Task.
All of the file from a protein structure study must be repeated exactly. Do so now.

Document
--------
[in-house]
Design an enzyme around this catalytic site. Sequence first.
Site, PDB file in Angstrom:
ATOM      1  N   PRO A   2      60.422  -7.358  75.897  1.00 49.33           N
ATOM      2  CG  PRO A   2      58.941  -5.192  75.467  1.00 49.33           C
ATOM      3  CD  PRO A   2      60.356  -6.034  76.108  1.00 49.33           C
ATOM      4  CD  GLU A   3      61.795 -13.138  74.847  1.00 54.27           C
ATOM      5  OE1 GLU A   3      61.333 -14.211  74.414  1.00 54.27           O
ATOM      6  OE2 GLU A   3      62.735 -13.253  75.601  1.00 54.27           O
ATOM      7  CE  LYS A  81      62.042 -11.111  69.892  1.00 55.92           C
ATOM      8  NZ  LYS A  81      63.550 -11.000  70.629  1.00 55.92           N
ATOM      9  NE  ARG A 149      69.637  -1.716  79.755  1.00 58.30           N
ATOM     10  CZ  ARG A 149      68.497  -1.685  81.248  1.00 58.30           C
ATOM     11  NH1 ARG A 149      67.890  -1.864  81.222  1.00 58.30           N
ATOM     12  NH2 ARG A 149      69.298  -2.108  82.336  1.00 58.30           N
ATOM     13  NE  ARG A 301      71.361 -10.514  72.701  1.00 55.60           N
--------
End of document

[in-house]
Design an enzyme around this catalytic site. Sequence first.
Site, PDB file in Angstrom:
ATOM      1  N   PRO A   2      60.422  -7.358  75.897  1.00 49.33           N
ATOM      2  CG  PRO A   2      58.941  -5.192  75.467  1.00 49.33           C
ATOM      3  CD  PRO A   2      60.356  -6.034  76.108  1.00 49.33           C
ATOM      4  CD  GLU A   3      61.795 -13.138  74.847  1.00 54.27           C
ATOM      5  OE1 GLU A   3      61.333 -14.211  74.414  1.00 54.27           O
ATOM      6  OE2 GLU A   3      62.735 -13.253  75.601  1.00 54.27           O
ATOM      7  CE  LYS A  81      62.042 -11.111  69.892  1.00 55.92           C
ATOM      8  NZ  LYS A  81      63.550 -11.000  70.629  1.00 55.92           N
ATOM      9  NE  ARG A 149      69.637  -1.716  79.755  1.00 58.30           N
ATOM     10  CZ  ARG A 149      68.497  -1.685  81.248  1.00 58.30           C
ATOM     11  NH1 ARG A 149      67.890  -1.864  81.222  1.00 58.30           N
ATOM     12  NH2 ARG A 149      69.298  -2.108  82.336  1.00 58.30           N
ATOM     13  NE  ARG A 301      71.361 -10.514  72.701  1.00 55.60           N